"I know Coach Holmgren, have enjoyed working with him, and we work well together," Rhodes said. "The other factor is that I really think this team is an up-and-coming team right now. You look at the talent level, and I keep emphasizing the offensive side of the football a little bit, but there's a lot of young talent. When you have to face them from the defensive aspect, there's a lot of young talent on offense: the receivers, the backs, the offensive line, the quarterback. It's a talented, young football team, and they're on their way up."
"Having Ray here was probably the farthest thing from my mind because he had a good job (at Denver) and was very good at it," Holmgren said. "But things happen in this crazy business, as you guys know, and change takes place. When he became available, he was very much the answer to what I thought we needed to do desperately this offseason, and we were fortunate enough to make it happen. He's got a wonderful family, and I'm very happy that he's decided to join us. I'm going to give him all the support I can possibly give him as a head coach. We are friends first and colleagues second."
Rhodes, who signed a three-year contract, replaces Steve Sidwell, who himself was fired on Dec. 31.
NFLPA slams Mariucci hiring process
WASHINGTON, Feb. 6 (UPI) -- The head of the NFL Players Association has criticized the process used by the Detroit Lions in the hiring of new coach Steve Mariucci.
The Lions did not interview any minorities in the hiring process, and that went against the grain of a policy adopted by the owners in December. The policy had the backing of a majority of players.
"The Detroit Lions gave mere lip service to the agreed upon minority hiring process, treating it almost as if a nuisance to their hiring of Steve Mariucci," said Gene Upshaw, Executive Director of the NFL Players Association. "The minority candidates were never given a fair chance to interview. In this case, the Lions' position is indefensible. In contrast with the Lions we have the Cincinnati Bengals, who interviewed several minority candidates in their search for a new coach before choosing (Washington defensive coordinator) Marvin Lewis."
Mariucci was hired two days ago by Lions President Matt Millen after being fired by San Francisco in January. He put together a 60-43 record in six seasons, but was dismissed three days after the 49ers suffered a 31-6 loss to eventual Super Bowl champion Tampa Bay in the divisional round of the playoffs.
The Lions fired Marty Mornhinweg on Jan. 27, and Mariucci received a phone call from Millen that made him change his mind about a rest period.
Millen made no secret that Mariucci was the man he wanted, and several minorities indicated they felt being interviewed knowing that Millen wanted Mariucci would be a waste of time.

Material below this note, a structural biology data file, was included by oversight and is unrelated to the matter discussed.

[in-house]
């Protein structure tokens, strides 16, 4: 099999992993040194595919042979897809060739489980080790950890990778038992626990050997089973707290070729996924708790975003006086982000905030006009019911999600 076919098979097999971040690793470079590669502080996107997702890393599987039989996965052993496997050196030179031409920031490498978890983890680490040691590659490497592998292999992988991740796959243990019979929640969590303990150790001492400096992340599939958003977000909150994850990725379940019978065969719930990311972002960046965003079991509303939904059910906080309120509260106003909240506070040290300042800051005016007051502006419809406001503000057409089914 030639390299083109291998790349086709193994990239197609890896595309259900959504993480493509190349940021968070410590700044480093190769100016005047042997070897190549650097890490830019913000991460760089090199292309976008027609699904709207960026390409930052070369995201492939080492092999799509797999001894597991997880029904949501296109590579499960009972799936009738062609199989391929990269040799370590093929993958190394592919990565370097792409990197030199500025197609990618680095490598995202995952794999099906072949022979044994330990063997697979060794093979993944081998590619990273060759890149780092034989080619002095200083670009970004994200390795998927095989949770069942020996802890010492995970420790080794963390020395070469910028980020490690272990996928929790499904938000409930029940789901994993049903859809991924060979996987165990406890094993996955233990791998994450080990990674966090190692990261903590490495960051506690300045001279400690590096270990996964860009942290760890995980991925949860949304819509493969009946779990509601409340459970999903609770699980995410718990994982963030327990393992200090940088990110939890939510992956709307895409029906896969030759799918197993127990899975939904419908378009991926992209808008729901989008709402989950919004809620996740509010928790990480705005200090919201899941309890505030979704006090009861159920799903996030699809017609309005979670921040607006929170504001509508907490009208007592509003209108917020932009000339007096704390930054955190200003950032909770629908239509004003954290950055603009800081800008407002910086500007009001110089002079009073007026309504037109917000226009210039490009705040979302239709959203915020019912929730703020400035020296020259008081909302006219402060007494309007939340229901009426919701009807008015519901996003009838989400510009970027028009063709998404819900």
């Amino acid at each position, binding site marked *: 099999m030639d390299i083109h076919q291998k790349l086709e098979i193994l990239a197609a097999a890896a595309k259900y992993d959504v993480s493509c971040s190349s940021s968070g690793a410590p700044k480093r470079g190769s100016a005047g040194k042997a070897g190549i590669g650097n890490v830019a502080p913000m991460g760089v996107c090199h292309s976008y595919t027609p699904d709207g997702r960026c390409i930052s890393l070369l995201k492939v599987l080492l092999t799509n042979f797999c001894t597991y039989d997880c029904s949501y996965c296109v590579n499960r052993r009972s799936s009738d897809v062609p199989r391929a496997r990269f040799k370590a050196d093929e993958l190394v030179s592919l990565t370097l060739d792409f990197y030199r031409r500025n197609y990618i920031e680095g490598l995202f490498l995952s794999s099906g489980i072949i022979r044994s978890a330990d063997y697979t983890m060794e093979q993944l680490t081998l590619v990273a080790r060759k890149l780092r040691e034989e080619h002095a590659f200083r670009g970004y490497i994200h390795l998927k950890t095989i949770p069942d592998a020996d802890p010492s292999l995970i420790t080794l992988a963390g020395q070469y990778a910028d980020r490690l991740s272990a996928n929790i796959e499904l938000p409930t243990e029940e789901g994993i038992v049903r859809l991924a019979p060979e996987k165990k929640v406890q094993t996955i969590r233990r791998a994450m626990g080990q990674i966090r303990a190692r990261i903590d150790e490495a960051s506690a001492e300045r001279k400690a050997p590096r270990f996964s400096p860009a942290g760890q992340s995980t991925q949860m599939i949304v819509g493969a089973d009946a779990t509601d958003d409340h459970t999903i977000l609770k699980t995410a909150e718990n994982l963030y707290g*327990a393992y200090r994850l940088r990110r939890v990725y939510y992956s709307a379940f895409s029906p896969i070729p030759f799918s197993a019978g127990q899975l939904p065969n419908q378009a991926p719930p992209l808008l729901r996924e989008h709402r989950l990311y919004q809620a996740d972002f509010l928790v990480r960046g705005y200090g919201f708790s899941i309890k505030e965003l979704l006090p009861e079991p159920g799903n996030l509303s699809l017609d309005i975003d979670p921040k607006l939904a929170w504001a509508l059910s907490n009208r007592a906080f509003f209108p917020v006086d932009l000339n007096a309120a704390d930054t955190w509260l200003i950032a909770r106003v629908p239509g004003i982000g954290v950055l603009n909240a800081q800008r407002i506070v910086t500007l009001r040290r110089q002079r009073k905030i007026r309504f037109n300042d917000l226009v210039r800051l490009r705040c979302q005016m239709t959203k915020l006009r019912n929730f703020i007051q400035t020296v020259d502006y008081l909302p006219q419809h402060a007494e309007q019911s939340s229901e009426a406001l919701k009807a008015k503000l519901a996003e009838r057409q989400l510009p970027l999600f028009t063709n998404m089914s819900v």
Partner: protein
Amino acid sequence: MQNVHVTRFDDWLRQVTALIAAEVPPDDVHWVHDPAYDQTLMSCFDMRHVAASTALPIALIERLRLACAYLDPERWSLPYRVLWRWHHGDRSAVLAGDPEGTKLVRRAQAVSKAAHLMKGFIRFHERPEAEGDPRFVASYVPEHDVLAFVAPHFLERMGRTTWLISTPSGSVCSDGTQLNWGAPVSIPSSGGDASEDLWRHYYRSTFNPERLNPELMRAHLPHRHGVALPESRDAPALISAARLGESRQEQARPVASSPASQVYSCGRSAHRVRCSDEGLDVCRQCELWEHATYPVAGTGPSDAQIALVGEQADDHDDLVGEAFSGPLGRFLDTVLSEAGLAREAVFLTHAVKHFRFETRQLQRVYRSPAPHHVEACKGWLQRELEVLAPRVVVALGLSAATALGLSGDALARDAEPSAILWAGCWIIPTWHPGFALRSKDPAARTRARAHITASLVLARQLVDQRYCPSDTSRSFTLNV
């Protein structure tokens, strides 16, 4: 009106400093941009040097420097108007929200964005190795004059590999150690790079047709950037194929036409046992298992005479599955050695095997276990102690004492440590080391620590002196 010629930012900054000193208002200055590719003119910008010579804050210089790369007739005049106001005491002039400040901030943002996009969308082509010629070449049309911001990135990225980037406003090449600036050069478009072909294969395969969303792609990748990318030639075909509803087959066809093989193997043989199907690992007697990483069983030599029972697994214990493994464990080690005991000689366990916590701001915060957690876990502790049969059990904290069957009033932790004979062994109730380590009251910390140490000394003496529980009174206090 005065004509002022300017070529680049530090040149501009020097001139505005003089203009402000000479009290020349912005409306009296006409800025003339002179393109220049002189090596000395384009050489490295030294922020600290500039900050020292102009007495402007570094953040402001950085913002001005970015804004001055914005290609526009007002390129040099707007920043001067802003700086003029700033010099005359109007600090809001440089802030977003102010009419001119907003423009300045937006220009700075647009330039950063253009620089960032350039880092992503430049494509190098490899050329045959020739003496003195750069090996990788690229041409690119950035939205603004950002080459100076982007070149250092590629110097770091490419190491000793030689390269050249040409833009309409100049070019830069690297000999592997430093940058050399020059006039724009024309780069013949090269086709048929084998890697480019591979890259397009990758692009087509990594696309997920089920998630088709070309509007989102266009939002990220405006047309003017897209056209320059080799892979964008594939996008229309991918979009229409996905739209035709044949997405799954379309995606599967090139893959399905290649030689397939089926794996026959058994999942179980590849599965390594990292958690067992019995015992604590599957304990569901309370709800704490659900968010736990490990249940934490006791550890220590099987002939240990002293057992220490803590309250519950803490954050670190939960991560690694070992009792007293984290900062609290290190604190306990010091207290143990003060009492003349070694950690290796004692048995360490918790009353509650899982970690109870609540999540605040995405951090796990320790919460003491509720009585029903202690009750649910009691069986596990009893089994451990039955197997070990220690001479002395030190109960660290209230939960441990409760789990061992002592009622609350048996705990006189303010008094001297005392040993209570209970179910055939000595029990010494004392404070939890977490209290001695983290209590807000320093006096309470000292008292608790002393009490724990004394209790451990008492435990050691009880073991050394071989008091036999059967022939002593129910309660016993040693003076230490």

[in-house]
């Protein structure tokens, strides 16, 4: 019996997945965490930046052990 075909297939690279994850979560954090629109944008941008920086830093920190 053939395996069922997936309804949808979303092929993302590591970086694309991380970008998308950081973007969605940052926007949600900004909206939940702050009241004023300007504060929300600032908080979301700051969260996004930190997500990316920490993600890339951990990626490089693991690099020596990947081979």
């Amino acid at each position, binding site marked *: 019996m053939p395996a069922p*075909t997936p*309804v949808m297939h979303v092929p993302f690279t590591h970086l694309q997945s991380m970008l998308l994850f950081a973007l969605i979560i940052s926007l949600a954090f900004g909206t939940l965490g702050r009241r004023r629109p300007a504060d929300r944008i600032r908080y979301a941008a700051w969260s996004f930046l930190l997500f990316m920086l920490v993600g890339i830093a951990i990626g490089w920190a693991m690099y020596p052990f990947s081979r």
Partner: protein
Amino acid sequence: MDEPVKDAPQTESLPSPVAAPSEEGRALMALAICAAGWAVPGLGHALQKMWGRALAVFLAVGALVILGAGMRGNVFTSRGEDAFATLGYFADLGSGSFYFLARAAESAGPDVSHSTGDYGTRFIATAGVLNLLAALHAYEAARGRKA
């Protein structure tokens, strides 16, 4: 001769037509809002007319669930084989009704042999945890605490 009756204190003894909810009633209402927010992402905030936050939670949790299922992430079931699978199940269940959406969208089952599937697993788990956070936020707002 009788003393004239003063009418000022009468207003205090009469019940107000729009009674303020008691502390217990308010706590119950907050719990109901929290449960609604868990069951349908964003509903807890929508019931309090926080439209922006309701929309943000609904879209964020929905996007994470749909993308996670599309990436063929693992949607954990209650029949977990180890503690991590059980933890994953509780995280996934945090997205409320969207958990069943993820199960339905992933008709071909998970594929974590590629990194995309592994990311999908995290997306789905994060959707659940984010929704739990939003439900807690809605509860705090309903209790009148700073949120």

Millen wanted Mariucci to coach the Lions two years ago but was unable to lure him out of San Francisco, and settled for Mornhinweg, Mariucci's offensive coordinator from 1997-2000.
Civil rights attorneys Johnnie Cochran and Cyrus Mehri also were outspoken about the process, as was Pittsburgh owner Dan Rooney.
"The Lions' selection process fell short of what our committee recommends for all clubs as agreed in December," said Rooney, who was named chairman of the committee that devised the new minority hiring policy.
The new policy mandates that at least one minority be interviewed for each vacancy.
Lemaire gets contract extension
ST. PAUL, Minn., Feb. 6 (UPI) -- The Minnesota Wild Thursday announced the signing of Coach Jacques Lemaire and his assistants, Mike Ramsey and Mario Tremblay, to contract extensions.
Financial terms were not disclosed.
"Jacques, Mike and Mario have done an outstanding job of coaching our team and continue to prove they are among the best teachers in the game," said Wild General Manager Doug Risebrough.
Lemaire, named the franchise's first coach in June 2000, instilled the neutral zone trap and defensive discipline. After finishing 25-38-13-5 for 68 points in its inaugural season, Minnesota went 26-35-12-9 last season for 73 points.
This season, the Wild sit currently in the sixth playoff spot in the Western Conference with a 26-18-8-1 record for 61 points, 13 ahead of their pace from last year.
Lemaire's defensive system taking hold is the primary reason for the improvement. The Wild rank fourth in the league in fewest goals allowed with 117.
Lemaire, 57, won eight Stanley Cups as a player with the Montreal Canadiens, including four straight from 1975-76 to 1978-79, when he was a teammate of Risebrough and Tremblay.
He coached the New Jersey Devils to their first Stanley Cup title in 1994-95, espousing the neutral zone trap. He compiled a 199-122-57 record in five years as Devils coach. Lemaire began his coaching career in 1983-84 with the Canadiens, and was 48-37-12 in parts of two seasons.
Lemaire, elected to the Hockey Hall of Fame in 1984, has a career coaching record of 323-266-102.
Ramsey, 42, spent three years as an assistant with the Buffalo Sabres before joining the Wild in July 2000.
Tremblay, 46, spent three years as a scout with the Canadiens before joining Lemaire in Minnesota in July 2000.